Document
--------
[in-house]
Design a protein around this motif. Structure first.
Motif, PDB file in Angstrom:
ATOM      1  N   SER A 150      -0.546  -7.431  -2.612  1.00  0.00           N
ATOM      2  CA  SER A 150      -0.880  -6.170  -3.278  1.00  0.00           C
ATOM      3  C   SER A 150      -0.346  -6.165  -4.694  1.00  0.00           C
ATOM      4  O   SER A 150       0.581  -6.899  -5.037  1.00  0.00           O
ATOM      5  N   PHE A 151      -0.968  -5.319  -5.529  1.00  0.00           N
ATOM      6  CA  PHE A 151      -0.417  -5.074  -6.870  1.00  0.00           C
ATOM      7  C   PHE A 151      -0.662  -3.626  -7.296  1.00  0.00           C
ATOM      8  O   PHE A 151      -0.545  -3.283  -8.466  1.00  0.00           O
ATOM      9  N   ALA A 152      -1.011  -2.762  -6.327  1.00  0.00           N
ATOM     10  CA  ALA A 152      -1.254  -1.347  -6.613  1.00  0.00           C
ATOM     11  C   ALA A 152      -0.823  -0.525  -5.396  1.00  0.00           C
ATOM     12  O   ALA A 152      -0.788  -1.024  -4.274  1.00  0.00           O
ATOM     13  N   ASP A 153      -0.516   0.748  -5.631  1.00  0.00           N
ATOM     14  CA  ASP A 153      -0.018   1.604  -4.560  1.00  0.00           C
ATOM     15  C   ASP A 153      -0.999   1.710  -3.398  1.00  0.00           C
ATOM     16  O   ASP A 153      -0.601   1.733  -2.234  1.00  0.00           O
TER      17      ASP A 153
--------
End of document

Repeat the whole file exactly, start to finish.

[in-house]
Design a protein around this motif. Structure first.
Motif, PDB file in Angstrom:
ATOM      1  N   SER A 150      -0.546  -7.431  -2.612  1.00  0.00           N
ATOM      2  CA  SER A 150      -0.880  -6.170  -3.278  1.00  0.00           C
ATOM      3  C   SER A 150      -0.346  -6.165  -4.694  1.00  0.00           C
ATOM      4  O   SER A 150       0.581  -6.899  -5.037  1.00  0.00           O
ATOM      5  N   PHE A 151      -0.968  -5.319  -5.529  1.00  0.00           N
ATOM      6  CA  PHE A 151      -0.417  -5.074  -6.870  1.00  0.00           C
ATOM      7  C   PHE A 151      -0.662  -3.626  -7.296  1.00  0.00           C
ATOM      8  O   PHE A 151      -0.545  -3.283  -8.466  1.00  0.00           O
ATOM      9  N   ALA A 152      -1.011  -2.762  -6.327  1.00  0.00           N
ATOM     10  CA  ALA A 152      -1.254  -1.347  -6.613  1.00  0.00           C
ATOM     11  C   ALA A 152      -0.823  -0.525  -5.396  1.00  0.00           C
ATOM     12  O   ALA A 152      -0.788  -1.024  -4.274  1.00  0.00           O
ATOM     13  N   ASP A 153      -0.516   0.748  -5.631  1.00  0.00           N
ATOM     14  CA  ASP A 153      -0.018   1.604  -4.560  1.00  0.00           C
ATOM     15  C   ASP A 153      -0.999   1.710  -3.398  1.00  0.00           C
ATOM     16  O   ASP A 153      -0.601   1.733  -2.234  1.00  0.00           O
TER      17      ASP A 153